Online Marketing: FTC Snooping Around Text Message Spammers

Mobile marketing Lawyer
The FTC is on the lookout for text message spammers.

Officials are on the lookout for spam text messaging schemes.

Recently, the Federal Trade Commission brought a complaint against a large mobile spam ring. According to reports, the defendants gathered information illegally and sold it to third-party marketing companies.

The case cites violations of the Federal Trade Commission Act and the Telemarketing Consumer Fraud and Abuse Prevention Act. It seeks preliminary and permanent injunctive relief.

Officials are also asking for equitable restitution on behalf of the victims.

FTC Opens Investigation Into Text Marketing Operations; Suspects Text Spam Fraud

The Federal Trade Commission’s investigation of the alleged activities dates back to June 2011, when it uncovered evidence of consumers being duped in order to receive “purportedly free merchandise, such as $1,000 gift cards to large retailers, and products such as an Apple iPad.”

The defendants allegedly used frowned upon mobile marketing techniques like:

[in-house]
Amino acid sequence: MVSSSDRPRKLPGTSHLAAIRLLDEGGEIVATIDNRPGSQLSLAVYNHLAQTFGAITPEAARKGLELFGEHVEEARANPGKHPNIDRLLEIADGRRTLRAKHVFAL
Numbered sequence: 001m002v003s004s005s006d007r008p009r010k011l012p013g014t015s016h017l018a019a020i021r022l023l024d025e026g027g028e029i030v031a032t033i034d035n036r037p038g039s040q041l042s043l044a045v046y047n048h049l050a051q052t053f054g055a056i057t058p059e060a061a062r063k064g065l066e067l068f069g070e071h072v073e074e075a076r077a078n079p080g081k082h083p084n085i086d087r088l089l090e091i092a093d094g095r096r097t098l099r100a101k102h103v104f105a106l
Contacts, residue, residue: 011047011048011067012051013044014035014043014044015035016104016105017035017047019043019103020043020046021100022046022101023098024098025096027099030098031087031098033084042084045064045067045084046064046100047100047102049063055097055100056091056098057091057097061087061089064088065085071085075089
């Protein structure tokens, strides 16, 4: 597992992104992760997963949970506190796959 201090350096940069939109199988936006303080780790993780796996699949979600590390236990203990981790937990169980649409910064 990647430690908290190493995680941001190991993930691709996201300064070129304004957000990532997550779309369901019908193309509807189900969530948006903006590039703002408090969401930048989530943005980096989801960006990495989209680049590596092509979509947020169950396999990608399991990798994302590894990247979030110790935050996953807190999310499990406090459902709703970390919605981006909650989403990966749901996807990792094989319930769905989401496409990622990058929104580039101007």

1. Unsolicited text messages – sent directly by the defendants and through intermediary third-parties, and
  2. Phony prize notices.

Sample spam text messages listed in the complaint included:

  • “You WON! Go to www.prizeconfirm.com to claim your $1000 Walmart Gift Card Now!”
  • “FREE MSG: you have been chosen to test & keep the new iPad for free only today!! Go to website and enter 2244 and your zip code to claim it now!”

Second Tier Websites Collected More Information Than Users OK’d

The FTC alleges that consumers who received the spam text messages were directed to websites that went further than “the initial promised free merchandise offer” and required consumers to “provide their [winning] code on the text message spam page.”

Then, before claiming the prize, individuals with “winning codes” were required to provide their zip code and email address. Even after entering their personal details, consumers were directed to another webpage that required input of more personal information.

The FTC alleges consumers were required to complete a total of thirteen offers before being able to claim the “free” merchandise.

The FTC alleges consumers were required to complete a total of thirteen offers before being able to claim the “free” merchandise.

The FTC also says that the defendants shared or sold the collected information with third-party marketing companies, which was subsequently used to make prerecorded voice messages for robo-calling purposes.

Contact Text Message Marketing Lawyer

If you work in the online marketing industry, and use automated calls or text messages as a quiver in your online marketing bow-bag, make sure you are operating on the right side of the law. Not sure? Contact Kelly Warner Law.

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